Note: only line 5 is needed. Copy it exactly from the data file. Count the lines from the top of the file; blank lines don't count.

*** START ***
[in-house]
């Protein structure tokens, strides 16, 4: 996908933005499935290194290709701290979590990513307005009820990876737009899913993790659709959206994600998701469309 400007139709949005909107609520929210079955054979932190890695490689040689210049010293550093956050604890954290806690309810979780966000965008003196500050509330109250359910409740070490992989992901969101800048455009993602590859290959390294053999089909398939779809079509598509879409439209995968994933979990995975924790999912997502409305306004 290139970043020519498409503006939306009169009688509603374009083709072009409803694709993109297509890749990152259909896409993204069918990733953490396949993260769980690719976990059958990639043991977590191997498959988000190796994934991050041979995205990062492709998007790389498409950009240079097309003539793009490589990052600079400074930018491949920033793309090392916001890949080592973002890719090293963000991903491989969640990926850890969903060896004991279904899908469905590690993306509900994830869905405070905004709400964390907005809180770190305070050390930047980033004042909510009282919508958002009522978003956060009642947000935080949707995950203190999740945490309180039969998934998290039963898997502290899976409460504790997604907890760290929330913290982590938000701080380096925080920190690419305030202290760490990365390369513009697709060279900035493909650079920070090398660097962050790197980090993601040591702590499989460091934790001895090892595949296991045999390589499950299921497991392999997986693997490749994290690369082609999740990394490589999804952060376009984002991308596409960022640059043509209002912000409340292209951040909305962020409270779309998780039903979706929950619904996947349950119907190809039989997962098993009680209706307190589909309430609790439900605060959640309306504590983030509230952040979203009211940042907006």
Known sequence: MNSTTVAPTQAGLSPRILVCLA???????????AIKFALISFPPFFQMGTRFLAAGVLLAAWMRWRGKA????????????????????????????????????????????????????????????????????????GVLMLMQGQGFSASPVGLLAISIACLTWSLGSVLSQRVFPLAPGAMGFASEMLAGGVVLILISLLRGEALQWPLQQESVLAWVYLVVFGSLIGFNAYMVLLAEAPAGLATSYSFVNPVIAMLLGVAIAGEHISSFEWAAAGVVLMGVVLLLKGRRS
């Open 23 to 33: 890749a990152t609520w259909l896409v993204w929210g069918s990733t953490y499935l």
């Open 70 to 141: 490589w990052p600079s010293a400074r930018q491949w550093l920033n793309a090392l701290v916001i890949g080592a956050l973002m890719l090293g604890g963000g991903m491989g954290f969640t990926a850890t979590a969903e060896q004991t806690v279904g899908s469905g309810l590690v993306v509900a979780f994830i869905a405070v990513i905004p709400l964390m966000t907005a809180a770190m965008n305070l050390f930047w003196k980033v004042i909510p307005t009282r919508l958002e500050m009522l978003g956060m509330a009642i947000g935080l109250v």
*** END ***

């Open 70 to 141: 490589w990052p600079s010293a400074r930018q491949w550093l920033n793309a090392l701290v916001i890949g080592a956050l973002m890719l090293g604890g963000g991903m491989g954290f969640t990926a850890t979590a969903e060896q004991t806690v279904g899908s469905g309810l590690v993306v509900a979780f994830i869905a405070v990513i905004p709400l964390m966000t907005a809180a770190m965008n305070l050390f930047w003196k980033v004042i909510p307005t009282r919508l958002e500050m009522l978003g956060m509330a009642i947000g935080l109250v």